65. Willard and the popes Sixtus

65. Willard

This is the story of the popes Sixtus. I don’t know anything about them, but they do exist and I feel their story should be told. I begin by googling.

While I’m googling I’ll share a little something about Australia. “By car,” is not an appropriate response to “How are you going?” Kangaroos are dumb. That is what a local told me. I have no way to verify this. If something dangerous happens in a coorporation in Australia the CEO is held personally liable. The first reaction I had to that was, I bet everything is wonderful in Australia. It’s not, though I did enjoy myself there during the 5 week work trip I just returned from. In the name of safety at work, huge mounds of paper are constructed everywhere. If an accident happens the lawyers run headlong into the huge piles of paper and have a very difficult time finding the CEO. Unfortunately, according to some government statistics I found, this approach does seem to be decreasing the number of on the job injuries somewhat so I guess it is working. Ok, I found something. Now back to the popes Sixtus.

There were five popes Sixtus. That seems like just the right amount of popes Sixtus. That is five popes of the Catholic church ranging well over a thousand years of human history. Hopefully this is going to have a bit of everything; intrigue, drama, adventure, comedy, thrills and maybe even a happily ever after. So to recap, what I know so far is that there were five popes Sixtus. I must google some more…

Pope Sixtus the I was the seventh pope. He is known for deciding that none but the sacred ministers are allowed to touch the sacred vessels. This is a legit fact from the Liber Pontificalis, a history of the popes. Ooooo! I probably shouldn’t be commenting live on my google research. This is actually not a legit fact. It is followed closely by, “This, like all accounts of early papal decrees, is of course fabrication, an attempt to assign a definite, primitive origin to the order prevailing in the sixth century.” Come to think of it, what is the Liber Pontificalis? If I don’t know, I don’t think I can use it as a reference. Scratch that. Moving on.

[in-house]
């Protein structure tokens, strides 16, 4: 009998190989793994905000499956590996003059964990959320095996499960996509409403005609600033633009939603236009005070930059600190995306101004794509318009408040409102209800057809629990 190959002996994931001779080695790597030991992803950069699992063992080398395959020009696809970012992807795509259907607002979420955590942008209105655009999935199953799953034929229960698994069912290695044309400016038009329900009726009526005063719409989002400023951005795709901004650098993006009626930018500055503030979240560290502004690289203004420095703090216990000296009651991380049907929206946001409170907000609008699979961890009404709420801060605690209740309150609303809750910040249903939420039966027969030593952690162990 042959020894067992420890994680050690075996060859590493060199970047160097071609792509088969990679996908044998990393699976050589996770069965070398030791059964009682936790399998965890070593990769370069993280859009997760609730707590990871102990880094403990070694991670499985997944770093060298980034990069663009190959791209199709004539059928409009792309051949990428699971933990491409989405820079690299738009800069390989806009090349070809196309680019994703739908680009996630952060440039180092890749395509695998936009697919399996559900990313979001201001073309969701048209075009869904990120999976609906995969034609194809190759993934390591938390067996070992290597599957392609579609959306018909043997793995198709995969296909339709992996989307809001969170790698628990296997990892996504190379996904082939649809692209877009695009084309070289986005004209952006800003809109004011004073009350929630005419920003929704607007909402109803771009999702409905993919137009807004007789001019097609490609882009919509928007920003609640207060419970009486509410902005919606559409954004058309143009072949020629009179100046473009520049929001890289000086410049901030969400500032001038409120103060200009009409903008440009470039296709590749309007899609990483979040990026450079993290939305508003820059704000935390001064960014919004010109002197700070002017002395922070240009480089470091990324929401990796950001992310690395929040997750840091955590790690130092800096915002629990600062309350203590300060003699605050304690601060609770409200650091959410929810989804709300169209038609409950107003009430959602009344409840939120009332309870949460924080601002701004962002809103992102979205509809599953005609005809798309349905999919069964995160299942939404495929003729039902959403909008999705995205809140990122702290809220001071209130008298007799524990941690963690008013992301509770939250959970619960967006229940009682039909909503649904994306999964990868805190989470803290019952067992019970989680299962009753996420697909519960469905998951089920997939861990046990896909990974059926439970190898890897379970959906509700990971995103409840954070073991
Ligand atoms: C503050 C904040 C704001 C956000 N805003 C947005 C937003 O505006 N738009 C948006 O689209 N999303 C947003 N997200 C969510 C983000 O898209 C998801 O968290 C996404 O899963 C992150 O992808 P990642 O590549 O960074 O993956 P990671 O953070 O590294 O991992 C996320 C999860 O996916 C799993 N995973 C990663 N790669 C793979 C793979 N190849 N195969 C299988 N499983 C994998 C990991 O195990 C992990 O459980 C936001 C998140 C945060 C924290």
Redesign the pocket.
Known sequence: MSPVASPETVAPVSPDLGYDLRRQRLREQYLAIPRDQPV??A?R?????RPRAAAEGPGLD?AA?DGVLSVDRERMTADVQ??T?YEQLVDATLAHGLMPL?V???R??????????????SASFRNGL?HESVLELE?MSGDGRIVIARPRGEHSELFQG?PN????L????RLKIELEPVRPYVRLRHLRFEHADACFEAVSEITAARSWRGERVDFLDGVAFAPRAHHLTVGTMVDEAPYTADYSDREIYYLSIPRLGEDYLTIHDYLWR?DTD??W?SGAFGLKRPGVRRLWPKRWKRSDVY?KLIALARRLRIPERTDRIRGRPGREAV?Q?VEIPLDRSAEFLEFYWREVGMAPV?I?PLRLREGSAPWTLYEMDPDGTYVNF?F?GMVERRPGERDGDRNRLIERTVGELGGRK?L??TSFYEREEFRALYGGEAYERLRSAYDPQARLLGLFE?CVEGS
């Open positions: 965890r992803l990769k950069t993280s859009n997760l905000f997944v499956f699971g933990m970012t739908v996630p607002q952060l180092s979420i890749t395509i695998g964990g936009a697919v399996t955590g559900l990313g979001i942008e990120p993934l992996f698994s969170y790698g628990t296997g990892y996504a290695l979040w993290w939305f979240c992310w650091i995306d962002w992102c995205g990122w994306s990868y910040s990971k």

Pope Sixtus the II – unfortunately, martyred. Factoid: The total number of martyred popes is unclear to me; seems to be roughly around 30 though.

Pope Sixtus the III is all tied up with the Ecumenical Council of Ephesus. Question of the day, 431 a.d., was whether to call the mother of Jesus, Mary Theotokos or not. They decided to go ahead and do that, aaaand the world church split in two. What’s amazing about this is that more time had passed from the time Jesus was born until this massive schism than has passed today since the creation of the USA but nobody gives a defecation about 431 a.d. anymore. (That didn’t really work did it. This is a rare instance where the euphemism actually comes across as worse than the real thing. I apologise for that.)

So then China built the Grand Canal, Islam begins, the English have learned to swear and they don’t even know it (Saxons), and that is just to the 600’s. A thousand years go by and a IVth pope Sixtus appears. He immediately builds the Sistine Chapel, indulges in a little nepotism and dies. True story.

If anyone ever says to you, “Wow, what about that Pope Sixtus, eh?” without specifying a number, then you should know that they are talking about the legendary Pope Sixtus the V. Before becoming pope, Pope Sixtus the V was appointed Inquisitor of the much less well known Venetian Inquisition. He was so inquisitive that the Venetians requested that he be recalled to Rome and he was. After he became pope he inspired the local phrase, “This cannot last forever, as the guy who turned the spit said.” At the time brigands used to hide out in the colisseum in Rome and had been a big nuisance to the city for some time. One night a hermit asked to join the brigands for the night. He brought a large bottle of wine to share, turned the spit for them and said, “This cannot last forever.” And it didn’t, because he was Pope Sixtus and he had drugged them all with the wine and hanged them the next morning. He was a strong vigorous pope who at the end of his career started to mess with the order of the Jesuits and then he died. The obvious conclusion here is that there is no conclusive evidence that the Jesuits were in any way responsible.

That is not the whole story of the five popes Sixtus but that is about all the googling I want to do about it. There was some intrigue that I didn’t pass along. I have to say the level of adventure over all was a bit disappointing. There weren’t as many comedic or thrilling elements as I had hoped. The five popes Sixtus, however, according to their beliefs, are living happily ever after.